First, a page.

I forget where I first read about this newish memoir, but I remember how totally freaking excited I was to put it on hold so that I could be one of the first to get it from the library. And so a few months later, the book finally came in, I read it, and I want more.
Aaron Hartzler grew up in a very, very, born again Christian family (like, they weren’t allowed to listed to Amy Grant, the Christian pop singer, because she allegedly drank alcohol sometimes, and they believed that The Rapture was imminent). Hartzler was a totally angelic child and helped his mom lead the bible club, played piano, was in Christian plays with the church, etc. On the outside, he was the perfect Born Again son. But there would be no memoir if the story was that simple.
Rapture Practice is the story of Hartzler’s growing consciousness as he got older that something didn’t quite fit for him with the religion. He wanted to listed to mainstream music. He realized that he didn’t want the Rapture to happen because he liked his life. He started partying in secret. He had very strong interests in and close friendships with other guys. He found that he had stopped believing a lot of what he learned at church.
critiques: I felt like the book ended abruptly: I want to read about what happened next. Something felt jarringly incomplete at the very end. The story didn’t end up going exactly the way that I wanted it to. I wish that his story included him doing things differently that the way he did them in real life. waaah, cry, whine.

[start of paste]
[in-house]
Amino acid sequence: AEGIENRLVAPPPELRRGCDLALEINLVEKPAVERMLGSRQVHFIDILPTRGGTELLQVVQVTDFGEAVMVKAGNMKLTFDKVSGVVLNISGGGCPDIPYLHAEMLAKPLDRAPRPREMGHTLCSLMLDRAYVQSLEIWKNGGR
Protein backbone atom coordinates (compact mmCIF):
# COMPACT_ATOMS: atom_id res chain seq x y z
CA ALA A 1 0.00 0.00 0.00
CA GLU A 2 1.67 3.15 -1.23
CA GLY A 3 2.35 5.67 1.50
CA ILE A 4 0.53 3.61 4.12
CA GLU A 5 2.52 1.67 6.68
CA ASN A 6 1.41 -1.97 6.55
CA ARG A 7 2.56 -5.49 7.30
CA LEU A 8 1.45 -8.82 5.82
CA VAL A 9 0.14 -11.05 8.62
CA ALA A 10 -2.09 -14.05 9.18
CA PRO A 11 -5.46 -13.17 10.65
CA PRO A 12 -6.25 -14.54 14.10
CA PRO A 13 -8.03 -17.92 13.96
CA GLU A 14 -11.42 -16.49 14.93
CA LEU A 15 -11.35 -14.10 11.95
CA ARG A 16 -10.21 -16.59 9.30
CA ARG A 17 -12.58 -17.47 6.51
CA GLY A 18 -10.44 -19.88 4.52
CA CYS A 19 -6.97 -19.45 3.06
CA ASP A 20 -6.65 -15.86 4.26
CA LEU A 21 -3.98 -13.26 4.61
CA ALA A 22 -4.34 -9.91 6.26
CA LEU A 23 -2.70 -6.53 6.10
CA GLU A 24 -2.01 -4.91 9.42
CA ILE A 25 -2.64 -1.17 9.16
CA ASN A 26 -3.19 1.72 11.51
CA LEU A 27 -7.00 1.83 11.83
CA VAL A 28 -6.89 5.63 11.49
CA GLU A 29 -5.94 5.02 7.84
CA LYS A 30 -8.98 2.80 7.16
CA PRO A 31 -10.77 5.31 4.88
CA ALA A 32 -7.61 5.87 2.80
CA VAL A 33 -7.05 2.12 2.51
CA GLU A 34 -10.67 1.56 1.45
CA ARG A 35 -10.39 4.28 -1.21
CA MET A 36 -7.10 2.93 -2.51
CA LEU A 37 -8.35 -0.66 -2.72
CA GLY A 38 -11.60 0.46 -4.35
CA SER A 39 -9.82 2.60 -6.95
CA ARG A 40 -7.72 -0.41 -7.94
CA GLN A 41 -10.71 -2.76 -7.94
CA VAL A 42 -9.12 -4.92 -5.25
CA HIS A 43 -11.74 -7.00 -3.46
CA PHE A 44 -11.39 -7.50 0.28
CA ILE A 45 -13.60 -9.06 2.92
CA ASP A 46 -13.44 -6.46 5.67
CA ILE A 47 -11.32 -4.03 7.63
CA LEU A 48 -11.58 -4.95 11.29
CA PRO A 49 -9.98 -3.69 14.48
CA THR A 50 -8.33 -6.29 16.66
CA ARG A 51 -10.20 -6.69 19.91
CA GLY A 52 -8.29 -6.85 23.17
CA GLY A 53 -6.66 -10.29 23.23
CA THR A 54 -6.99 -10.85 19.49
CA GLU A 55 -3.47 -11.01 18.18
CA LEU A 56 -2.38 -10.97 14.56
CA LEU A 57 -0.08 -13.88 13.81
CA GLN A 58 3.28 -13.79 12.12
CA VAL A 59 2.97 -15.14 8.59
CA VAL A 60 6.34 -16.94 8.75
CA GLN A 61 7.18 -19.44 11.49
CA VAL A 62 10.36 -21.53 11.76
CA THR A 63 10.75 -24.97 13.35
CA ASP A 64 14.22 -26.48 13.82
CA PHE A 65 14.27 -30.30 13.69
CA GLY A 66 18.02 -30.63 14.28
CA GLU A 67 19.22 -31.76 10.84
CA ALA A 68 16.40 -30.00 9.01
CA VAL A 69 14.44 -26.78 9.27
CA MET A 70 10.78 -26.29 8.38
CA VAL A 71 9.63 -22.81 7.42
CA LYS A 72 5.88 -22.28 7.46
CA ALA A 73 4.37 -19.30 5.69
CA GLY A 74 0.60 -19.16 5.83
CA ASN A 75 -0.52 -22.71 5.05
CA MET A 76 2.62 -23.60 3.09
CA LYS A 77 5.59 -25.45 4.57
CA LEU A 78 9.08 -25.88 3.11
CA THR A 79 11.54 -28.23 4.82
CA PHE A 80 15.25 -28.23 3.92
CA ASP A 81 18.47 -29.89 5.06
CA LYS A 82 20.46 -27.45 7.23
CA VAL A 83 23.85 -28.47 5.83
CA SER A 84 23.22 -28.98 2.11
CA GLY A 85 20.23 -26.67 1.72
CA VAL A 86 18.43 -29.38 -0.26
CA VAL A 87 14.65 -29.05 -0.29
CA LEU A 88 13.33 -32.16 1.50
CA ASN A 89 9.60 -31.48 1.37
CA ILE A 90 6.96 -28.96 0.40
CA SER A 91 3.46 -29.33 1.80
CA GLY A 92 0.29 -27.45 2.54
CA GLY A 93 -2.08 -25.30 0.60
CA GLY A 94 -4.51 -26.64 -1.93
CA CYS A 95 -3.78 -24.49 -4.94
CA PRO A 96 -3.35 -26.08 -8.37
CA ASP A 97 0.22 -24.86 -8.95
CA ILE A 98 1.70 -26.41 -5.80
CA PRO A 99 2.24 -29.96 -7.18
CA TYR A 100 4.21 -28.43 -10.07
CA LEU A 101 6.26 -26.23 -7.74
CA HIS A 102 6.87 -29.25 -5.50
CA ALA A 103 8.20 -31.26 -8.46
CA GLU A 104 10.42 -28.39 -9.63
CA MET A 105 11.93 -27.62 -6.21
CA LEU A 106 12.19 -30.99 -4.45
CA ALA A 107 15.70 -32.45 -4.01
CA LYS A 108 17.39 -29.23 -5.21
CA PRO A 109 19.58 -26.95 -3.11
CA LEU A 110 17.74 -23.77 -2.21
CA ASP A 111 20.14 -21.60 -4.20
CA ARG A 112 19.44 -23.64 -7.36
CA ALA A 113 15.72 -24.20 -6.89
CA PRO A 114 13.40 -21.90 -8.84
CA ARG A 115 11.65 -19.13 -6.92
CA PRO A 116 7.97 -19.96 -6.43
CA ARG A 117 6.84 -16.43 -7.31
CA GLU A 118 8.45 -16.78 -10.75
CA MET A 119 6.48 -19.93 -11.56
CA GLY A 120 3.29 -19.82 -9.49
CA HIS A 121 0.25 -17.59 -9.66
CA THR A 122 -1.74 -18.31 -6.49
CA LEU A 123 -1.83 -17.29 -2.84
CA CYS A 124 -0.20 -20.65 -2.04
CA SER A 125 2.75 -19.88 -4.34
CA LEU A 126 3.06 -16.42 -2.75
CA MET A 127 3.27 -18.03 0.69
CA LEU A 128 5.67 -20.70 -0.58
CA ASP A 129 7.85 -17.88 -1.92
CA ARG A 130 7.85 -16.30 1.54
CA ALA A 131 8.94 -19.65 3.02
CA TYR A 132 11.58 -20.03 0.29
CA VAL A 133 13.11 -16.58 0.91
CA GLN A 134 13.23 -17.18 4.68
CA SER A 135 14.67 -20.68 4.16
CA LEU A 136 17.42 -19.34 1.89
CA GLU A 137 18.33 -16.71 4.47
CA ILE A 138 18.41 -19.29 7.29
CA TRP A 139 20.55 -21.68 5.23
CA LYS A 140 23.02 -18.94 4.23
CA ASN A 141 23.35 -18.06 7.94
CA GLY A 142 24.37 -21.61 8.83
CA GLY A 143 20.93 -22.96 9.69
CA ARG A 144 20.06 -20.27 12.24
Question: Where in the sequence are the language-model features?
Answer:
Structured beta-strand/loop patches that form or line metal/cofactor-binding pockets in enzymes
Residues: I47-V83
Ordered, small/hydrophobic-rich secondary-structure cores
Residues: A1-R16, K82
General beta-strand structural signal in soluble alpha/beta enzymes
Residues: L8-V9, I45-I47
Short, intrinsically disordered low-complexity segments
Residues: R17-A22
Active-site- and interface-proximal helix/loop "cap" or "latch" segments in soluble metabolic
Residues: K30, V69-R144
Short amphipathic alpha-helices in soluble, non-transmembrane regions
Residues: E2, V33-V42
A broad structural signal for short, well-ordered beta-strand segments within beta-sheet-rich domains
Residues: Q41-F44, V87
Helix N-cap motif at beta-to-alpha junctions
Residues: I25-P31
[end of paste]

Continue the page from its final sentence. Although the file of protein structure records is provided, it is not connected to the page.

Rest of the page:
Praise: A ton of information is packed into the mere 390 pages. As a writer, Hartzler knows what you want to read and what you care about– no space is wasted on the uninteresting. For a heathen like myself, it was really exciting to read about his family’s religion- it’s new ground for me. The path the book takes you on is interesting, the narrator is likable, the 1990’s references are fun to look back on, and I want to tell people all about it. Find a copy at your library here.
It’s the 1920’s and teenage Garnet is being groomed for proper comfortable wifehood. She has a steady boyfriend, a slew of lovely dresses, and a hope chest that is almost full of handmade things she has made for her future married home. She is uneasy about it all, possesses inklings that she would like her life to be more of her own.
She gets sent to stay with wealthy family members at a lakeside resort town during a summer (while her parents try to work through their own marital issues), and her world gets a bit bigger. . .
Saying more would probably give away too many little nuances of the plot. What I can say, however, is that it’s clear that a lot of research (both period and ornithological) went into this well-structured book. It is well-written, and the relatively slim volume reads rather quickly. The coming-of-age narrative and the queer narrative and the race and class narrative all flow together smoothly– this is not a single-issue story.
Find a Copy HERE
This is going to be a strange review because it is a review of the graphic novel adaptation of a wildly popular book that I have never read.
I’ve never been able to get too into the fantasy, adventure, and science fiction genres. I’m not entirely sure why. But there’s something about reading written descriptions of fight scenes and travels and invented worlds that bores me… as much as video representations of the same thing. Ok, so I’m just picky.